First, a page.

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Development of selected bacterial groups of the rectal microbiota of healthy calves during the first week postpartum

Schwaiger, K., Storch, J., Bauer, C., Bauer, J.
Journal of applied microbiology 2020 v.128 no.2 pp. 366-375
Cryptosporidium parvum, Enterobacteriaceae, Enterococcus faecalis, Enterococcus faecium, Lactobacillus reuteri, Rotavirus, Simmental, anaerobes, antibacterial properties, calves, dairy farming, feces, intestinal microorganisms, intestines, matrix-assisted laser desorption-ionization mass spectrometry, neonates, pathogens, plate count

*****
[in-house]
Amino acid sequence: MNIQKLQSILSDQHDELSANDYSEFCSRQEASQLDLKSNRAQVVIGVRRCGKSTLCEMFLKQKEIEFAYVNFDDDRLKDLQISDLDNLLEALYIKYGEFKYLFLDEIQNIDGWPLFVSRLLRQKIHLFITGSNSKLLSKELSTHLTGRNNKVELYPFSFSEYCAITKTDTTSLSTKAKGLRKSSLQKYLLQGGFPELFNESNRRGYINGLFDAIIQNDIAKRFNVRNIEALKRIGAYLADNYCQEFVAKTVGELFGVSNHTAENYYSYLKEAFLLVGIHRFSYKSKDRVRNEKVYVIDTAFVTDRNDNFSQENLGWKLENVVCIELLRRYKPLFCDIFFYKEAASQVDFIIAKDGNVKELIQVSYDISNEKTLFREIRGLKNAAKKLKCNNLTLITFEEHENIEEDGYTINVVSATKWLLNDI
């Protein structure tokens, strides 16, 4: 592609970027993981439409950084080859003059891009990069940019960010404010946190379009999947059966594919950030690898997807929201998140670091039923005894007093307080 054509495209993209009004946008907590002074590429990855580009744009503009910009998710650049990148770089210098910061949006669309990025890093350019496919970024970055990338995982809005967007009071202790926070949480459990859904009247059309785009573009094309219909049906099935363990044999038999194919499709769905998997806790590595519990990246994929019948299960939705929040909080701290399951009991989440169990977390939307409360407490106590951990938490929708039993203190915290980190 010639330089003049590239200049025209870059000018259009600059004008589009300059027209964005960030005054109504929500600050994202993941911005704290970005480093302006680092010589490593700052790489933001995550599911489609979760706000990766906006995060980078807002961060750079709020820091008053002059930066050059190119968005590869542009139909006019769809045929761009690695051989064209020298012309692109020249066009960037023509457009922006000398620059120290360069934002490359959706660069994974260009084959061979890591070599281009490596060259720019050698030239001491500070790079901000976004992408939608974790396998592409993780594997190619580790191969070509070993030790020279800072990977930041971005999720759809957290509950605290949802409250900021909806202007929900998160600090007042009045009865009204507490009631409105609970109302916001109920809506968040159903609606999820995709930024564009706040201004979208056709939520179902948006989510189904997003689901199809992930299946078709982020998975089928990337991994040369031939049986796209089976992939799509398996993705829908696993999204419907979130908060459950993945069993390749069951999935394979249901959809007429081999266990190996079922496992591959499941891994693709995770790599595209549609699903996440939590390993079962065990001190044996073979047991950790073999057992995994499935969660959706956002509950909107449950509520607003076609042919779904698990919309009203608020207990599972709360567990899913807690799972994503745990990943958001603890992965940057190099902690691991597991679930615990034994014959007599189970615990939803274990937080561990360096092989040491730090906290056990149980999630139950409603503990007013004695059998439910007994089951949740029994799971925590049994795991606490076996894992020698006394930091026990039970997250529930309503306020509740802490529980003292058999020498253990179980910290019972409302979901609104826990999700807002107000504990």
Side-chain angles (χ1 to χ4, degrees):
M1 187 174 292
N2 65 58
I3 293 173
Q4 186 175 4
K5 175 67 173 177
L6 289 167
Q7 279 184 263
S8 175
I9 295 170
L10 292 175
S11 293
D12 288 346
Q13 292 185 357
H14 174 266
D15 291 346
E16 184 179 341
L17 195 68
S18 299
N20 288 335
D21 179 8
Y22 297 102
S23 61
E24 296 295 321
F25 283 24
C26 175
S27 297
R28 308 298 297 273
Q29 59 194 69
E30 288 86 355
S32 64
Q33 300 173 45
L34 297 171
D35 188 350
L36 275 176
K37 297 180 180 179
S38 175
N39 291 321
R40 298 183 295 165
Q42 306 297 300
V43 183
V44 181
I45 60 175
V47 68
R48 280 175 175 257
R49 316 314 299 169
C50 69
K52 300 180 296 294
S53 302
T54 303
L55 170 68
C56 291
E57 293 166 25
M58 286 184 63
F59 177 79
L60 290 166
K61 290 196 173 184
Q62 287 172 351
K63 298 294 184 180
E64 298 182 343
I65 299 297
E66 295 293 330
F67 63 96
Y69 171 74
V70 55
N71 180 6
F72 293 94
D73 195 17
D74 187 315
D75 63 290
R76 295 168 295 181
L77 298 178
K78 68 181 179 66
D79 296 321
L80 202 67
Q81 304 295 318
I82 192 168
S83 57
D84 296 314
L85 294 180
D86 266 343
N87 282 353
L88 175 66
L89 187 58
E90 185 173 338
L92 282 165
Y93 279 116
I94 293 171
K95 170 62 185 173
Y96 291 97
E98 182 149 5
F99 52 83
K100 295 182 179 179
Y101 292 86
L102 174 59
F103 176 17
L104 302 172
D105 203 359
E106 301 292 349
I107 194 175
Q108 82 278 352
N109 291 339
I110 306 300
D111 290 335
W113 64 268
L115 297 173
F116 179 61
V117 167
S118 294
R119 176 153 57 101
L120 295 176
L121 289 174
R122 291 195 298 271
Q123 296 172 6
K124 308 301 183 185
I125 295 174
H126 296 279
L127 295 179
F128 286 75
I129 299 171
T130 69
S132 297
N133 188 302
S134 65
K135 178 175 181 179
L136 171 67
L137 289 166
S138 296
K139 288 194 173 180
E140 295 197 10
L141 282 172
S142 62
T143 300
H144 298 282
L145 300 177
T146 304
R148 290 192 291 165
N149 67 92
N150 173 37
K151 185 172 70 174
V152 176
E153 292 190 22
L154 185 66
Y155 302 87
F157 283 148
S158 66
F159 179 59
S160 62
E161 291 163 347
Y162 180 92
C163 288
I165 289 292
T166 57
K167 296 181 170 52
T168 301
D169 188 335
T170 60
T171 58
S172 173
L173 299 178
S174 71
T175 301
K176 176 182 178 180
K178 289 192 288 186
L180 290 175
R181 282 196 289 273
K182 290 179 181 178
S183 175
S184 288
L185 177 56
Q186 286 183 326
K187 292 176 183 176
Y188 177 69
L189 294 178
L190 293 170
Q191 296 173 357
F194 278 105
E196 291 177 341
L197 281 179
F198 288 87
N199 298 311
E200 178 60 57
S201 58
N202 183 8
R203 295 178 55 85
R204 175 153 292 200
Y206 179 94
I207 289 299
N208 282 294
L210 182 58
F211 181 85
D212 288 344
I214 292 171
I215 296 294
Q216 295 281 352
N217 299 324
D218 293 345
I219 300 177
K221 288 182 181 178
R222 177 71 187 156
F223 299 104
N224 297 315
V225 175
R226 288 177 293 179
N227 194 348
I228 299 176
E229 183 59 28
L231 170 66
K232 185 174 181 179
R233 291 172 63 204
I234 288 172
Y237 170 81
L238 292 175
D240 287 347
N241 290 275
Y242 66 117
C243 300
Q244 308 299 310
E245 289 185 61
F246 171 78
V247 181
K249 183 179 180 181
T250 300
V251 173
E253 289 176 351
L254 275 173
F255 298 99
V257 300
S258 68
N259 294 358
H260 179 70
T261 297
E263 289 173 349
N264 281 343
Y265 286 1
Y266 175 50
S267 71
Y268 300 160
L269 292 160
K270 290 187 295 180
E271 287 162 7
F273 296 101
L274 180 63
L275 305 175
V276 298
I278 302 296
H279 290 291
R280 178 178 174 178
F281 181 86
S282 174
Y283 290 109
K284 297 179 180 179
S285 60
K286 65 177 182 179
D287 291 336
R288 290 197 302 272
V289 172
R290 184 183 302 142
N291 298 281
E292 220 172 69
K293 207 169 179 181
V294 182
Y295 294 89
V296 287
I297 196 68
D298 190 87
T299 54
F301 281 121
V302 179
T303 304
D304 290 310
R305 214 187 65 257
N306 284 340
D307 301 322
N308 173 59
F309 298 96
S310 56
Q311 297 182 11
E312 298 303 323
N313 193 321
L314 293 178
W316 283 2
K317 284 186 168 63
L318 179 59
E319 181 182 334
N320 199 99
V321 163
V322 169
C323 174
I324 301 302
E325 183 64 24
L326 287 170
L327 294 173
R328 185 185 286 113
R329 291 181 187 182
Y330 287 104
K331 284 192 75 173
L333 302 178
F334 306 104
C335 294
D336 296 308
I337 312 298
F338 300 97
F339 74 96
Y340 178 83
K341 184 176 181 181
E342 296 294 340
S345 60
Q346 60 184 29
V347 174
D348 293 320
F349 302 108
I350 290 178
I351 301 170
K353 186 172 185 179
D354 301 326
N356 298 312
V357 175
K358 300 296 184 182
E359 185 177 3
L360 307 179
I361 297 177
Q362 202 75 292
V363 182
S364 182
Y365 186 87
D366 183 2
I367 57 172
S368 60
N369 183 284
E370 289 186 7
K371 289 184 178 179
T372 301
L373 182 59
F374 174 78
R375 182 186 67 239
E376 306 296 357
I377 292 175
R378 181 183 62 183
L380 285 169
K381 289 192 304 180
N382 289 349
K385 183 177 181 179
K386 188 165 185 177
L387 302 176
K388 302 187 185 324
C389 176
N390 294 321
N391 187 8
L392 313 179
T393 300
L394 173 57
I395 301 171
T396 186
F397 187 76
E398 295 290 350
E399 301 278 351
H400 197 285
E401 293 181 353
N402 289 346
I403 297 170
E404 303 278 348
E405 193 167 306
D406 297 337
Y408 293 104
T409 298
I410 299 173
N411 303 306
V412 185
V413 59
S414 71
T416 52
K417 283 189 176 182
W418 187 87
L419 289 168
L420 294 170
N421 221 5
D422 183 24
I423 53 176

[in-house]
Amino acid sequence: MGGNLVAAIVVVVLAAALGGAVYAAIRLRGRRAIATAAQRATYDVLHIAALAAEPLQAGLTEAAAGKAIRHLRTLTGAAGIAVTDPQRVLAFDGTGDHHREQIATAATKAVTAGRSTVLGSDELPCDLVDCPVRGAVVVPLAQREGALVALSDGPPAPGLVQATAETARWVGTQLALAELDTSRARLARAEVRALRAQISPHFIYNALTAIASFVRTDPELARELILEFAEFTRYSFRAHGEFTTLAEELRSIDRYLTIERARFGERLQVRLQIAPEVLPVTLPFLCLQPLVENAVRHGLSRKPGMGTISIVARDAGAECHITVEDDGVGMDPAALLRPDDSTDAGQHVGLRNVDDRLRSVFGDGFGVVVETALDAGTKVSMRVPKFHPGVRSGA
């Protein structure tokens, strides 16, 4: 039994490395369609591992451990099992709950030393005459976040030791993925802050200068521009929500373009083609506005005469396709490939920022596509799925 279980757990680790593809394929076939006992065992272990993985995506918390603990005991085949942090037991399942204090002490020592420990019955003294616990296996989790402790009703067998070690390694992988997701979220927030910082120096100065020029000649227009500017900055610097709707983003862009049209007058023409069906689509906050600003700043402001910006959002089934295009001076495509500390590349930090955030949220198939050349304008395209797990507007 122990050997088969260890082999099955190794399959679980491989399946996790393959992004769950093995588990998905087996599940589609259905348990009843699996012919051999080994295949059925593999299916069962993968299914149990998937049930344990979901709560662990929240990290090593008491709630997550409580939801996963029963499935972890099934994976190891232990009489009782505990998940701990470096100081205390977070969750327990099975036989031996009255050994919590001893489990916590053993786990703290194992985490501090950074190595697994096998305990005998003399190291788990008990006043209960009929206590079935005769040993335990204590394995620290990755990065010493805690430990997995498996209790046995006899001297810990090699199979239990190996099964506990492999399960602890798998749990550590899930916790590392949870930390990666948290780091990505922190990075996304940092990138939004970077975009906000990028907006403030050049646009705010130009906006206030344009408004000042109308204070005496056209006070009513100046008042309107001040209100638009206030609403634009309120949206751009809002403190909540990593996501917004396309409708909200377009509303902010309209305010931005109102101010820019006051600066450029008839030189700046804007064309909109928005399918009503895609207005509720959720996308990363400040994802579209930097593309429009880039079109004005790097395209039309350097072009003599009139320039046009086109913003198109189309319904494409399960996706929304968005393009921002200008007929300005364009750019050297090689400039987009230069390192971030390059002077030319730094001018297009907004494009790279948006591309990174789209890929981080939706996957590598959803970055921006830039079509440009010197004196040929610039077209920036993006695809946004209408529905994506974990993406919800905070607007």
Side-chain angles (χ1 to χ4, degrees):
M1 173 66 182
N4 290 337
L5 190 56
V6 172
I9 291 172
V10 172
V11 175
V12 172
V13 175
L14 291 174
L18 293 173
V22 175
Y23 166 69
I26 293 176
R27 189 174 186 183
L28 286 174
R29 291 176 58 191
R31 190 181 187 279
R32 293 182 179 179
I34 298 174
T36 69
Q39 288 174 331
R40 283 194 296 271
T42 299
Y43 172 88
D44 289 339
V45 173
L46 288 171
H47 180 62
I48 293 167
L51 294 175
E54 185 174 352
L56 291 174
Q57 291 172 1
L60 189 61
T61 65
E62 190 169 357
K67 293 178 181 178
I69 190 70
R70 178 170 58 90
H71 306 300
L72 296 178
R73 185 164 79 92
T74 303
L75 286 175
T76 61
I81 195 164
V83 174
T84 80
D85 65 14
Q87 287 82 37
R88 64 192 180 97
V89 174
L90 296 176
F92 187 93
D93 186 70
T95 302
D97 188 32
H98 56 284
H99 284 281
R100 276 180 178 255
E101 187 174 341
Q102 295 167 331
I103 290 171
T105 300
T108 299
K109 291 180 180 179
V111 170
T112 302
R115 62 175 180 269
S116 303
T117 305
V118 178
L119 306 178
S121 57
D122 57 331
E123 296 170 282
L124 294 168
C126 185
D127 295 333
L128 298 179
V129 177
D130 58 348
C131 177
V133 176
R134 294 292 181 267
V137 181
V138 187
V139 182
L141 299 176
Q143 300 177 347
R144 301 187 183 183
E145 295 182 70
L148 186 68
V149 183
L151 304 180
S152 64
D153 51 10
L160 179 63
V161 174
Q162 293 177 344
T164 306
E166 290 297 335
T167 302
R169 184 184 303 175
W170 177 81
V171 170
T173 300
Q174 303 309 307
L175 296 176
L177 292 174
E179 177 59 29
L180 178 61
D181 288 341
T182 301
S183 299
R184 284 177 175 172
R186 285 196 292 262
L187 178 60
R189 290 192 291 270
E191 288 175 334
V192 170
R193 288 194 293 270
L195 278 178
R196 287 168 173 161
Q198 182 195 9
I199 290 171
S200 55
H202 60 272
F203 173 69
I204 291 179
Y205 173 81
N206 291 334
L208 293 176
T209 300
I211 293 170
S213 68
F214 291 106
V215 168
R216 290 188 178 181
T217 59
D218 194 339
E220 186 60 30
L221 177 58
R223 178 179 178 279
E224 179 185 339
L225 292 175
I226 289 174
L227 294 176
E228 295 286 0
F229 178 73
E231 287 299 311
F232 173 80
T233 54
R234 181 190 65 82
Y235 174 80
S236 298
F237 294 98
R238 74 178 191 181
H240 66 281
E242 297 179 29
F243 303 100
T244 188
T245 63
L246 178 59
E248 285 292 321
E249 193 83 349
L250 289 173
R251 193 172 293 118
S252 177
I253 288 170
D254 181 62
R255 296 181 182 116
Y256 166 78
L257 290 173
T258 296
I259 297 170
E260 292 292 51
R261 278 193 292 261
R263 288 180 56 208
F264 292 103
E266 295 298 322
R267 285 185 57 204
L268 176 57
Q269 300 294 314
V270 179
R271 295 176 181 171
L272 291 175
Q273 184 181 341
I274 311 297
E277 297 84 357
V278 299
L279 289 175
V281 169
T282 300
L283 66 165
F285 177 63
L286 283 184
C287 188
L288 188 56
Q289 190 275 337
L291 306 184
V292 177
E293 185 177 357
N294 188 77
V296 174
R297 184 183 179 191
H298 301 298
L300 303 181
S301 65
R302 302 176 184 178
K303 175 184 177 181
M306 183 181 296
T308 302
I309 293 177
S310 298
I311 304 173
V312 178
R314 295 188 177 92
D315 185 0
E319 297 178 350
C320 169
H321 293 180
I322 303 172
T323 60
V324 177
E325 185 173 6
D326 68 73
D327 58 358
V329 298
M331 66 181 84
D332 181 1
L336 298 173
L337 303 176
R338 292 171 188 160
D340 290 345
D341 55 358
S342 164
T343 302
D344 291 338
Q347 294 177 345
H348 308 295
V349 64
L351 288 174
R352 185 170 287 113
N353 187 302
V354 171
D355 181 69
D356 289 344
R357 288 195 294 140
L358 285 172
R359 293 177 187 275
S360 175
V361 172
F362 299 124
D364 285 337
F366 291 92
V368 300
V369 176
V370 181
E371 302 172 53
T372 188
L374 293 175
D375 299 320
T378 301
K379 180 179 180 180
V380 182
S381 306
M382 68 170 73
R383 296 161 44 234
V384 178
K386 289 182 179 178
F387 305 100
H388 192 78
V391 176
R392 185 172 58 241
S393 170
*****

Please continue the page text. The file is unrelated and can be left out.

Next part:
AIMS: The intestinal microbiota of newborn calves is largely unexplored even if it is of great significance for their future health. Therefore, the aim of the study was to gain a better insight into the development dynamics of certain bacterial groups during the first week of life. METHODS AND RESULTS: Faecal samples of healthy Simmental calves (dual‐purpose breed; n = 80), bottle fed and raised in a dairy farm were taken immediately after birth and at 6/12/24/48/72/168 h (h) after birth. Samples were analysed using cultural, biochemical and molecular–biological methods. The aerobe, anaerobe, Enterobacteriaceae and Enterococcus counts of healthy calves increased significantly between 6 and 24 h postpartum (P <0·05). Apart from the anaerobes, bacterial counts decreased after reaching a plateau at 24–48 h. Enterococcus faecalis was detected in significantly higher counts compared to E. faecium (P <0·05). Lactobacilli developed more slowly and increased until day 7 after birth to a mean value of 6·8 × 10⁷ CFU per g. MALDI‐TOF analysis of 2338 lactobacilli isolates resulted in 36 different species. CONCLUSIONS: Lactobacillus reuteri became the most common Lactobacillus sp. during the first week of life. SIGNIFICANCE AND IMPACT OF THE STUDY: This fact seems to be very important for the calf’s intestinal health because L. reuteri is known to show in vitro bactericidal effects against bacterial pathogens and anti‐infective activities against rotaviruses and Cryptosporidium parvum.